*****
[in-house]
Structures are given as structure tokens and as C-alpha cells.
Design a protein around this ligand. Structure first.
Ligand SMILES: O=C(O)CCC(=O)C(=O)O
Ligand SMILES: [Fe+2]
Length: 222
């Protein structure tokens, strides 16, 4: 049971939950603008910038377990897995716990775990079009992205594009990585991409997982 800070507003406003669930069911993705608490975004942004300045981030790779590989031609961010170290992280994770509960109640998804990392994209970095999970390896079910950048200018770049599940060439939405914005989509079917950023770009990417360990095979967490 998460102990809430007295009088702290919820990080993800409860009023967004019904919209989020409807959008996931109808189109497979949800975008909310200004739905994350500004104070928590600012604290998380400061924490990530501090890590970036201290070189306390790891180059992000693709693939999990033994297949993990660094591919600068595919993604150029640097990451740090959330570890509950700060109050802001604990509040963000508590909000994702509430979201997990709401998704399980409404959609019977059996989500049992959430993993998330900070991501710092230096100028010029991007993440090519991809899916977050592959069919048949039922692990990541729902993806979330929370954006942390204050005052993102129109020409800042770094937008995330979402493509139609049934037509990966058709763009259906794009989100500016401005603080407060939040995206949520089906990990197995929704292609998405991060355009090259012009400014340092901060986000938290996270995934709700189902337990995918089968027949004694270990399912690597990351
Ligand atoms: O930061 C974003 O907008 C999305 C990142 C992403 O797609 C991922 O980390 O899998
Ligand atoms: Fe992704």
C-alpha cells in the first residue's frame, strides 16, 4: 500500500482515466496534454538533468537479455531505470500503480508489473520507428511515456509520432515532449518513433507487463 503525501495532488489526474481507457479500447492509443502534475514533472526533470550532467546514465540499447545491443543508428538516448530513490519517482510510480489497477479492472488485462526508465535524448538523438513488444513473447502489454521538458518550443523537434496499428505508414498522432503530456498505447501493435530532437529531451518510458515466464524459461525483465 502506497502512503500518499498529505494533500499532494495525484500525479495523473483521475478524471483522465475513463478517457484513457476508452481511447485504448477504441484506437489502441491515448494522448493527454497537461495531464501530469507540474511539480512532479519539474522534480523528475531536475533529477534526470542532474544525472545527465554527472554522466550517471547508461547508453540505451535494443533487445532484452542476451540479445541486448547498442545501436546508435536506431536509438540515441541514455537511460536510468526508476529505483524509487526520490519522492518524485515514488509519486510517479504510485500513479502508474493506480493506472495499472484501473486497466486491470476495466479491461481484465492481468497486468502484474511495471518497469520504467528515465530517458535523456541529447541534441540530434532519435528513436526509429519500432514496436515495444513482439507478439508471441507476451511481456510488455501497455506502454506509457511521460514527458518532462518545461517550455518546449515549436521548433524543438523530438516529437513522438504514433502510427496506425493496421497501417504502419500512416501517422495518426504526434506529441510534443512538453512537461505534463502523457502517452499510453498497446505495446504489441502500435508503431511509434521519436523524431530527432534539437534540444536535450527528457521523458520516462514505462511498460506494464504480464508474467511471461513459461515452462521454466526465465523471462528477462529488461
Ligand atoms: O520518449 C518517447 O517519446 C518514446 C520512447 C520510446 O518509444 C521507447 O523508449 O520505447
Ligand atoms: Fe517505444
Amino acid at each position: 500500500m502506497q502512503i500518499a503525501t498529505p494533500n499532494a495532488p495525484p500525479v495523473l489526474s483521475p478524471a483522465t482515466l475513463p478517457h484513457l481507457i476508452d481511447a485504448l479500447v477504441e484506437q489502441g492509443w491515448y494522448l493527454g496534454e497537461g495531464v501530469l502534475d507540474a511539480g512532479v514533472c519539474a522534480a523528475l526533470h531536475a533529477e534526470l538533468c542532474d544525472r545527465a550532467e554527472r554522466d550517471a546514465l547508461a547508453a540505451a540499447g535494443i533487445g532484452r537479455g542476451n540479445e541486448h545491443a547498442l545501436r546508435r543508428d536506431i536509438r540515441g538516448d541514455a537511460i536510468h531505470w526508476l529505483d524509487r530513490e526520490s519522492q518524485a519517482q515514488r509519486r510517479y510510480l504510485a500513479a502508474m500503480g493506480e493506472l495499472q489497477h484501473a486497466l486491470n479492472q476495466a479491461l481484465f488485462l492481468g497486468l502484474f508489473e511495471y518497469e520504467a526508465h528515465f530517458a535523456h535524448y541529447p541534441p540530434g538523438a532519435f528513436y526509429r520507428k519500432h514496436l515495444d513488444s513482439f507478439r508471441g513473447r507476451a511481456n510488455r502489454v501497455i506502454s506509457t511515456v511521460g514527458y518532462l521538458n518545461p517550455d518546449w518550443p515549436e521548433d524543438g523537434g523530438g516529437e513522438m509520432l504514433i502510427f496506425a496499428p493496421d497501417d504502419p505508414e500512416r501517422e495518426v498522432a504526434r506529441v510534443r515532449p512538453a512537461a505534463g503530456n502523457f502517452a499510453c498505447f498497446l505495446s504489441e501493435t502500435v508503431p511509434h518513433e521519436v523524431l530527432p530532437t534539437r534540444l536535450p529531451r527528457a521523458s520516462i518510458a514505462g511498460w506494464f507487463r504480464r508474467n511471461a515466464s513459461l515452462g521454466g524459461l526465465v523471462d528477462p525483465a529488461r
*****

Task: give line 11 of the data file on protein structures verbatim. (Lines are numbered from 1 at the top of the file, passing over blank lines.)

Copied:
Ligand atoms: O520518449 C518517447 O517519446 C518514446 C520512447 C520510446 O518509444 C521507447 O523508449 O520505447